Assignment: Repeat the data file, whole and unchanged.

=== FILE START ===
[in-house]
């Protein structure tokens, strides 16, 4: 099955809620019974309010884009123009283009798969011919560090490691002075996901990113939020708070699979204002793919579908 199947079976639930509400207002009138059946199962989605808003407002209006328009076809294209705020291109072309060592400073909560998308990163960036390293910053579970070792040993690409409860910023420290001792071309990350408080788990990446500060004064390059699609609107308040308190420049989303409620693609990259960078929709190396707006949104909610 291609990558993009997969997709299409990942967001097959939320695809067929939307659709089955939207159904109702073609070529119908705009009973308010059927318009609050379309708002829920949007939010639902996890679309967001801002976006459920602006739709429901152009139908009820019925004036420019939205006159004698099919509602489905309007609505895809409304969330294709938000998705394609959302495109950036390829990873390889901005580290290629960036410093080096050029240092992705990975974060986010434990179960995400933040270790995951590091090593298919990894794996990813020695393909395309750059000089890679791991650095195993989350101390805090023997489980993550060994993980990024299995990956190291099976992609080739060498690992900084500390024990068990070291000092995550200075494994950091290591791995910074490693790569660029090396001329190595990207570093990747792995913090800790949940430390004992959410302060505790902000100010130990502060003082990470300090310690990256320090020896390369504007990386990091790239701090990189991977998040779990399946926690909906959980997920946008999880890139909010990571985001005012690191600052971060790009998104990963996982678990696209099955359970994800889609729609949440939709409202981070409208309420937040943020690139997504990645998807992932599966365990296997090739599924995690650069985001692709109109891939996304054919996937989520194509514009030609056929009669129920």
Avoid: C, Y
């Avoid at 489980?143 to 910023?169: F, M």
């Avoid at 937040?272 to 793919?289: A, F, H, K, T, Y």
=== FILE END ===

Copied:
[in-house]
């Protein structure tokens, strides 16, 4: 099955809620019974309010884009123009283009798969011919560090490691002075996901990113939020708070699979204002793919579908 199947079976639930509400207002009138059946199962989605808003407002209006328009076809294209705020291109072309060592400073909560998308990163960036390293910053579970070792040993690409409860910023420290001792071309990350408080788990990446500060004064390059699609609107308040308190420049989303409620693609990259960078929709190396707006949104909610 291609990558993009997969997709299409990942967001097959939320695809067929939307659709089955939207159904109702073609070529119908705009009973308010059927318009609050379309708002829920949007939010639902996890679309967001801002976006459920602006739709429901152009139908009820019925004036420019939205006159004698099919509602489905309007609505895809409304969330294709938000998705394609959302495109950036390829990873390889901005580290290629960036410093080096050029240092992705990975974060986010434990179960995400933040270790995951590091090593298919990894794996990813020695393909395309750059000089890679791991650095195993989350101390805090023997489980993550060994993980990024299995990956190291099976992609080739060498690992900084500390024990068990070291000092995550200075494994950091290591791995910074490693790569660029090396001329190595990207570093990747792995913090800790949940430390004992959410302060505790902000100010130990502060003082990470300090310690990256320090020896390369504007990386990091790239701090990189991977998040779990399946926690909906959980997920946008999880890139909010990571985001005012690191600052971060790009998104990963996982678990696209099955359970994800889609729609949440939709409202981070409208309420937040943020690139997504990645998807992932599966365990296997090739599924995690650069985001692709109109891939996304054919996937989520194509514009030609056929009669129920």
Avoid: C, Y
């Avoid at 489980?143 to 910023?169: F, M």
């Avoid at 937040?272 to 793919?289: A, F, H, K, T, Y």